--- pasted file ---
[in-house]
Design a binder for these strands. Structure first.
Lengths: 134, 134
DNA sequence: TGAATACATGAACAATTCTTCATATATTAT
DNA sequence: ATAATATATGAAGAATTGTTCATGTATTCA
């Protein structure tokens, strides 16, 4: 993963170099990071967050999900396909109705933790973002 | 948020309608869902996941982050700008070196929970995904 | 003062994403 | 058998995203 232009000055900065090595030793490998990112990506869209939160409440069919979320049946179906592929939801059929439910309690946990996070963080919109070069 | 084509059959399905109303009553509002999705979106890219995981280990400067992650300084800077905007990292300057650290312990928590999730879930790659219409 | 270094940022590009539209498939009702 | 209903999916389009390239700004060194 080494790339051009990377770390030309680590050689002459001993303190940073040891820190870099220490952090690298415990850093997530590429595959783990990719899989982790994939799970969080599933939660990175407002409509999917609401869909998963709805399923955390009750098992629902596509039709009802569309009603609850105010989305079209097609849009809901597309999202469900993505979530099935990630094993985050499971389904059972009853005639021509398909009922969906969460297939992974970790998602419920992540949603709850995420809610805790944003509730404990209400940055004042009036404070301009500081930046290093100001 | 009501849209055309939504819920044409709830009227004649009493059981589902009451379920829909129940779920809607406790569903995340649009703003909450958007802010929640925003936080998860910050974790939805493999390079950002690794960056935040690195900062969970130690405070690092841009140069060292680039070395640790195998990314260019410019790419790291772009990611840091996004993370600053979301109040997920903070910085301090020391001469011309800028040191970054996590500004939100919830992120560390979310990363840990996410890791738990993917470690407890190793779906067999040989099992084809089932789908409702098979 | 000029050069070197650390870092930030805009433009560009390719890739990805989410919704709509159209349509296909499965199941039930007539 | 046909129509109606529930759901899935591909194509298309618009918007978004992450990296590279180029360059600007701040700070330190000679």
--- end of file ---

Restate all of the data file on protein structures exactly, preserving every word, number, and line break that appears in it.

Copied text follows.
[in-house]
Design a binder for these strands. Structure first.
Lengths: 134, 134
DNA sequence: TGAATACATGAACAATTCTTCATATATTAT
DNA sequence: ATAATATATGAAGAATTGTTCATGTATTCA
């Protein structure tokens, strides 16, 4: 993963170099990071967050999900396909109705933790973002 | 948020309608869902996941982050700008070196929970995904 | 003062994403 | 058998995203 232009000055900065090595030793490998990112990506869209939160409440069919979320049946179906592929939801059929439910309690946990996070963080919109070069 | 084509059959399905109303009553509002999705979106890219995981280990400067992650300084800077905007990292300057650290312990928590999730879930790659219409 | 270094940022590009539209498939009702 | 209903999916389009390239700004060194 080494790339051009990377770390030309680590050689002459001993303190940073040891820190870099220490952090690298415990850093997530590429595959783990990719899989982790994939799970969080599933939660990175407002409509999917609401869909998963709805399923955390009750098992629902596509039709009802569309009603609850105010989305079209097609849009809901597309999202469900993505979530099935990630094993985050499971389904059972009853005639021509398909009922969906969460297939992974970790998602419920992540949603709850995420809610805790944003509730404990209400940055004042009036404070301009500081930046290093100001 | 009501849209055309939504819920044409709830009227004649009493059981589902009451379920829909129940779920809607406790569903995340649009703003909450958007802010929640925003936080998860910050974790939805493999390079950002690794960056935040690195900062969970130690405070690092841009140069060292680039070395640790195998990314260019410019790419790291772009990611840091996004993370600053979301109040997920903070910085301090020391001469011309800028040191970054996590500004939100919830992120560390979310990363840990996410890791738990993917470690407890190793779906067999040989099992084809089932789908409702098979 | 000029050069070197650390870092930030805009433009560009390719890739990805989410919704709509159209349509296909499965199941039930007539 | 046909129509109606529930759901899935591909194509298309618009918007978004992450990296590279180029360059600007701040700070330190000679």